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Publication numberUS2804874 A
Publication typeGrant
Publication dateSep 3, 1957
Filing dateJan 11, 1955
Priority dateFeb 1, 1954
Publication numberUS 2804874 A, US 2804874A, US-A-2804874, US2804874 A, US2804874A
InventorsSamuel Visnick
Original AssigneeSamuel Visnick
Export CitationBiBTeX, EndNote, RefMan
External Links: USPTO, USPTO Assignment, Espacenet
Filter tobacco product
US 2804874 A
Abstract  available in
Images(1)
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Claims  available in
Description  (OCR text may contain errors)

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Sept. 3, 1957 S. VISNICK FILTER TOBACCO PRODUCT Filed Jan. 11, 1955 INVENTOR. SAMUEL VISNICK "wmM w.

FILTER TOBACCO PRODUCT Samuel Visnick, Gloucester, Mass.

Application January 11, 1955, Serial No. 481,178

9 Claims. (Cl. 131-10) This invention relates to purification of tobacco smoke. More particularly, it provides novel and cooperating filtering materials and condensation means for removing impurities from tobacco smoke.

One object of my invention is to provide a new material through which tobacco smoke from a pipe, cigar, or cigarette may be filtered which will remove a greater proportion of the harmful and irritating impurities than materials heretofore known, including especially a greater proportion of the methyl alcohol and carbon monoxide produced.

Another object is to provide such a material which permits easier drawing of smoke therethrough than filter materials heretofore known, so as not only to facilitate and increase the pleasure of smoking, but also by increasing the availability of air to cut down on the amount of carbonmonoxide actually formed in the first place.

Yet another object is to provide a filter material which, unlike celluloses, is free from traces of hydroxides which react with smoke ingredients to produce harmful formic acid.

A further object is to provide a material as described which is harmless if taken into the mouth or even if inhaled, being non-toxic and soluble in body fluids.

Yet another object is to provide such a material which does not adversely affect the taste of the smoke, so that enjoyment of the characteristic flavor thereof stantially impaired.

Another object is to provide such a material which provides a cooler smoke than other such materials known to me, the material having the property of picking up and holding an unusual amount of heat from the smoke passing therethrough.

Further objects are to provide such a material with ignition temperature high enough that it does not catch fire if the hot coal of burning tobacco contacts it, which can stand aging for substantial periods without deleterious effect, and which is inexpensive to manufacture.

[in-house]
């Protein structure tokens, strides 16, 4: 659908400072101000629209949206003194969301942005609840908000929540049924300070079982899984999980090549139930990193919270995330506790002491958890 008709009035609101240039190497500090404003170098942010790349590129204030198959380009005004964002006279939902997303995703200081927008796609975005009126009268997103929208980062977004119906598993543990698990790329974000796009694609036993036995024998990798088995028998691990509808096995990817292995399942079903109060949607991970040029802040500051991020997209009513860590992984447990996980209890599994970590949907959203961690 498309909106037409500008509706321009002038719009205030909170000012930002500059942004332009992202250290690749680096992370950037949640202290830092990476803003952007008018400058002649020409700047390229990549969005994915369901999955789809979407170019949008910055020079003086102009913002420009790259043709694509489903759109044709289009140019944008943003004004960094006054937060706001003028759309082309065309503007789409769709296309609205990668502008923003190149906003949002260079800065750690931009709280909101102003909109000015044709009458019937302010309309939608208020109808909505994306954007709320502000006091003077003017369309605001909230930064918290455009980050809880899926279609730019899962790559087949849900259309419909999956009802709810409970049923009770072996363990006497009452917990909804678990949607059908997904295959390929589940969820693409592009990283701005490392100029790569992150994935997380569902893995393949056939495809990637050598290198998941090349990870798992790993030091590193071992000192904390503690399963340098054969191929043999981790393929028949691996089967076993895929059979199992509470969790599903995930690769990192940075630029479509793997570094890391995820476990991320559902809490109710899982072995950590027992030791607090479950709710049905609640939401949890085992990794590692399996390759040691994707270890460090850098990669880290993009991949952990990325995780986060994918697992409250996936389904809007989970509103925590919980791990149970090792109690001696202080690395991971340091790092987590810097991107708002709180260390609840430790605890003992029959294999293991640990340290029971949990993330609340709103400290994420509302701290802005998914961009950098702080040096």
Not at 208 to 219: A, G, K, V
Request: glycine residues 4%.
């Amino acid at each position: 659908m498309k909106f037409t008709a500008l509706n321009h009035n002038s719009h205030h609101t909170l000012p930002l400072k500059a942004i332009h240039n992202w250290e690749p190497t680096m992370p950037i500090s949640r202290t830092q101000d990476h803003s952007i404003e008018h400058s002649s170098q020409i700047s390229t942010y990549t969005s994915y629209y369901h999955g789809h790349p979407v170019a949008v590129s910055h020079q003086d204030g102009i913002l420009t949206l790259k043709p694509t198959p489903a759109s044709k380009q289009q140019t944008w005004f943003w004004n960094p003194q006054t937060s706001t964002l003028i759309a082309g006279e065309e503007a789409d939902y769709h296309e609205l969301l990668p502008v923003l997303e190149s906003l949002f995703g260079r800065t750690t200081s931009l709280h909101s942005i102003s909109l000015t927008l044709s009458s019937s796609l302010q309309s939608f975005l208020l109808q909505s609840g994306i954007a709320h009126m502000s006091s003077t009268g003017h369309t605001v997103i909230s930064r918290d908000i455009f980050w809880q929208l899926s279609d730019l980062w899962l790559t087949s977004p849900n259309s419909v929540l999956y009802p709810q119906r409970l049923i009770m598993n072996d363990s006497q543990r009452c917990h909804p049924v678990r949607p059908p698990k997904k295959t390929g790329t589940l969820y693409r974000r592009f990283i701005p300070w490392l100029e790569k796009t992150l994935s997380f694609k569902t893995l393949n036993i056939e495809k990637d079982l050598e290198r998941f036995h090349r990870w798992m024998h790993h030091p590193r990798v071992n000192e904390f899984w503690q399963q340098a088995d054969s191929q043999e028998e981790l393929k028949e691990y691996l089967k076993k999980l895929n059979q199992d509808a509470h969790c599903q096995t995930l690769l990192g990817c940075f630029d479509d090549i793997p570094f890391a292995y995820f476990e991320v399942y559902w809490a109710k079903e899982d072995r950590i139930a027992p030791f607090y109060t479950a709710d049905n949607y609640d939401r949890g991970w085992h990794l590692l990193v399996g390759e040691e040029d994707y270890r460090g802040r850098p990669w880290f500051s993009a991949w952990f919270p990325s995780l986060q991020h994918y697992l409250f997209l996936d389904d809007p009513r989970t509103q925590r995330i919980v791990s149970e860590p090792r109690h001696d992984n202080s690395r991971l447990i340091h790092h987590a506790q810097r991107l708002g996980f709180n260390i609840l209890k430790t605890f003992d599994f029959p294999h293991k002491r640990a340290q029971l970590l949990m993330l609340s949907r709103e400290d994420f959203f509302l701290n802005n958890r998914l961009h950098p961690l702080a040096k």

Yet another object is to provide a filter material the absorbency of which is not impaired by higher temperatures, as is cellulose for example.

A further object is to still further increase filtering efficiency by providing a heat-exchanging metal foil jacket for use in conjunction with and surrounding the filter material in a pipe, cigarette, or cigar to increase the condensation of impurities, and to aid in giving a cooler smoke.

Still another object is to provide a novel arrangement of elements to facilitate the enjoyment of my novel filtering improvements in pipe-smoking, which has the additional advantage of providing pipe-loads in separate packages, which may be smoked without any additional provision in the pipe for filtering or condensation, and which makes for substantially complete freedom from unwanted condensation in the bowl or elsewhere in the pipe itself.

Other objects, advantages and features of my new invention will appear from the following description of ceris not sub- States Patent "ice 2,804,874 Patented Sept. 3, 1957 tain preferred embodiments, taken together with the attached drawings thereof, in which:

Fig. l is a side elevation of a cigarette embodying my invention;

Fig. 2 is a cross-sectional view of said cigarette, taken at line 2-2 of Fig. 1;

Fig. 3 is a cross-sectional view of said cigarette taken at line 33 of Fig. 2; a

Fig. 4 is a plan view of a charge or pipe-load of tobacco embodying my invention, shown in relation to a pipe indicated by dotted lines;

Fig. 5 is a cross-sectional view of said pipe-load taken at line 5-5 of Fig. 4, similarly indicating a pipe in which said pipe-load is positioned; and